But, it will be seen from reviewing FIGS. 8 and 9 that as the belt assembly utilizing the links of the present invention is engaged by and passes around the drive pulley, or sprocket 70, the design of the finger-like projection 40 produces a device which functions as a cantilevered spring beam that forces the connecting pin 67 of one link 14, 16 against the adjoining next link. The true pitch (the distance between one connecting pin and the next connecting pin in the belt assembly) is thereby altered (short pitched) by forcing the two pins closer together. The elongated aperture 50 through which pin 67 is fitted permits for such back and forth sliding movement. Accordingly, as the belt assembly is driven by the drive pulley, or sprocket 70, the distance between the links is constantly being altered. The bevelled front surface 38 constructed at the front edge 36 of each link 14, 16 ensures that each link remains below the trailing, or rearward most, edge of the link to which it is connected by way of connecting pin 67.
Further, as shown in FIG. 1 the belt assembly constructed utilizing individual links according to the present invention is designed to not only wrap around a drive mechanism, such as drive pulley or sprocket 70 but, also to change directions as the links migrate along the selected travel path. It will be seen that the construction of the links 14, 16 permit such direction changes to occur by allowing the links to overlap themselves when joined together. For example, by referring to FIG. 1 it will be understood that as the conveyor belt assembly changes directions, that the outside of the assembled links travels through a greater radius than does the inside of the links. Thus, it is imperative that the links be able to automatically adjust for this difference.
Referring to FIG. 3, it will be evident that as one link rests upon another by way of the overlapping surfaces 22, 24 that the angle, or direction, of the belt assembly may be changed without belt separation. The individual links of the assembly merely slide back and forth with respect to one another whether going around the drive mechanism or assuming a change in direction. Again, as previously described, the bevelled surfaces 38 constructed on the front edge 36 of each of the links 14, 16 ensures that the each link remains properly oriented with respect to the links to which it is connected. Additionally, vertical wall 30 acts as a stop to ensure that the links maintain their positional relationship with respect to each other.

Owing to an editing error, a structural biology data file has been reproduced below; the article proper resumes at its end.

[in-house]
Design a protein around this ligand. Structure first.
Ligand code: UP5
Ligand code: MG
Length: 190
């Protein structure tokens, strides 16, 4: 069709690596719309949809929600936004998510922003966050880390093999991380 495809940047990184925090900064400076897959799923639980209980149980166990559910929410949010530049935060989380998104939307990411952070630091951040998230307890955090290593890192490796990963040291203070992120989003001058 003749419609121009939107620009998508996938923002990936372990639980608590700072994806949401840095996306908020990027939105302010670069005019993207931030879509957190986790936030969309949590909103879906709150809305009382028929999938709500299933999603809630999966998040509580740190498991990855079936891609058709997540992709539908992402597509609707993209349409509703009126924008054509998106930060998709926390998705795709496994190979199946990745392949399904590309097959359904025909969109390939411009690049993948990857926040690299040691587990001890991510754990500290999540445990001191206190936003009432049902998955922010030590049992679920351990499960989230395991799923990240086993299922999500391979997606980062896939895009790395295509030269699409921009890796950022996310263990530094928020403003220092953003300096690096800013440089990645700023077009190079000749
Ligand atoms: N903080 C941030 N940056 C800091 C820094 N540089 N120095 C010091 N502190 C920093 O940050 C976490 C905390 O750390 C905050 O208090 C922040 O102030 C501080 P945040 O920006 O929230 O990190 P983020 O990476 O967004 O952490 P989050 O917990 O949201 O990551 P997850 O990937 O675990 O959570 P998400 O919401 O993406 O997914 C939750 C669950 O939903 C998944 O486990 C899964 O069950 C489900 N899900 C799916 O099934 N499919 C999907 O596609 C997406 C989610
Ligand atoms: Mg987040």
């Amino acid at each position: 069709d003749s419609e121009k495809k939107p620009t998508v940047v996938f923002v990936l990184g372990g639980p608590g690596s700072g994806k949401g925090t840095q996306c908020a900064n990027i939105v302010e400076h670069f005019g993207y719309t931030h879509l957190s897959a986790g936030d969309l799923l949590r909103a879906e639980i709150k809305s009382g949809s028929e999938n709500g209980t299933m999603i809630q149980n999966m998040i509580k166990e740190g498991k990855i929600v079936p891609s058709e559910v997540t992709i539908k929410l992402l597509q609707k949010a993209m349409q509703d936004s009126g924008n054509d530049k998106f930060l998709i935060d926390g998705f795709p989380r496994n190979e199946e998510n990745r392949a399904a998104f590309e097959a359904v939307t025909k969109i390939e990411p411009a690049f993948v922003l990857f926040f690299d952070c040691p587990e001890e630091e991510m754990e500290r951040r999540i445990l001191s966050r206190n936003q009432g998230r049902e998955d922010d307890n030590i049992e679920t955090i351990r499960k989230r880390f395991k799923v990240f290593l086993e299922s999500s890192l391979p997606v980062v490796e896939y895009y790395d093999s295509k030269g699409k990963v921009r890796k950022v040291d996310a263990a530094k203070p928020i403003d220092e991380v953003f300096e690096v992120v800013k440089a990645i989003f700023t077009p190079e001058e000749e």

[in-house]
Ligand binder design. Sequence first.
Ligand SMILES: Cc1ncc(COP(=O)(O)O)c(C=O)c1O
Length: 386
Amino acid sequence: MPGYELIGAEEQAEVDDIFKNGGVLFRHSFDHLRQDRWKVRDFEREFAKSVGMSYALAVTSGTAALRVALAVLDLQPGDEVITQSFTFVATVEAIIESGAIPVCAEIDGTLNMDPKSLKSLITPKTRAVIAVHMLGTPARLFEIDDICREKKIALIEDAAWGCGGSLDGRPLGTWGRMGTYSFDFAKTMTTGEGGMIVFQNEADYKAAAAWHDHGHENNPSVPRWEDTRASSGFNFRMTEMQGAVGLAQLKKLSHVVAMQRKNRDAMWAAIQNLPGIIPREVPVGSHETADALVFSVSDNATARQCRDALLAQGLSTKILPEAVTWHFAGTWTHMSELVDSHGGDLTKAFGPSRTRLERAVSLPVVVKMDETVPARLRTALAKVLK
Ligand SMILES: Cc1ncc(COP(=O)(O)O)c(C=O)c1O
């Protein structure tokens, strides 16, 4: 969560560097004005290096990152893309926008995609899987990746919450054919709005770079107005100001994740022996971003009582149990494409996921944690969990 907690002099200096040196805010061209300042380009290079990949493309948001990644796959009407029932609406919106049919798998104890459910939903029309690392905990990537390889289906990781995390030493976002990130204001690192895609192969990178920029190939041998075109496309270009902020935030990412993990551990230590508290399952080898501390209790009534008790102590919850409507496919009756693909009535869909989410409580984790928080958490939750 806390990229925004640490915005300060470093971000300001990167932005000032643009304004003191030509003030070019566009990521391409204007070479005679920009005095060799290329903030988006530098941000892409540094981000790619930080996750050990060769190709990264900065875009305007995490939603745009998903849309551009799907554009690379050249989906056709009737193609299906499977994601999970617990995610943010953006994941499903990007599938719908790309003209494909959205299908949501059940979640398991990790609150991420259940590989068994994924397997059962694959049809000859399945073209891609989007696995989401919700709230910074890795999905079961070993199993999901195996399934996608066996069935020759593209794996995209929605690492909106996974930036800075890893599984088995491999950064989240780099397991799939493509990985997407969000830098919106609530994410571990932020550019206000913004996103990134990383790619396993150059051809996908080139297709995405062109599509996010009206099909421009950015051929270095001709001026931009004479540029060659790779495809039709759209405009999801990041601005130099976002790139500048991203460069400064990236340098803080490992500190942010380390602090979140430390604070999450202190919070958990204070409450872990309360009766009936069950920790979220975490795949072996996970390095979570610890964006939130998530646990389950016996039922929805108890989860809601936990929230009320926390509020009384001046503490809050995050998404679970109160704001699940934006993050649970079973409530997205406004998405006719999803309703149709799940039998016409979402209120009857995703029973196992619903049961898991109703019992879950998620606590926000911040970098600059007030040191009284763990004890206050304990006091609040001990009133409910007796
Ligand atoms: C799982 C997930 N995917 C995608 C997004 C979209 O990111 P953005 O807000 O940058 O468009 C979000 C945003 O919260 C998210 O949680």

Variations and modifications in the herein described link assembly within the scope of the invention will undoubtably suggest themselves to those skilled in the art. Accordingly, the foregoing description should be taken as illustrative and not in a limiting sense.
|Cited Patent||Filing date||Publication date||Applicant||Title|
|US1098564 *||Jun 26, 1912||Jun 2, 1914||Oliver B Finn||Elevator-bucket chain.|
|US2753983 *||Feb 24, 1955||Jul 10, 1956||G R Turner Ltd||Endless conveyor|
|US3513965 *||Oct 21, 1968||May 26, 1970||Miller Eldon S||Conveyor and link|
|US3669247 *||Mar 17, 1971||Jun 13, 1972||Velten & Pulver||Conveyor system and attachments therefor|
|US3777877 *||Oct 12, 1972||Dec 11, 1973||Stearns Manuf Co Inc||Conveyor assembly|
|US3804232 *||Dec 4, 1972||Apr 16, 1974||Rexnord Inc||Structurally balanced plastic conveyor chain|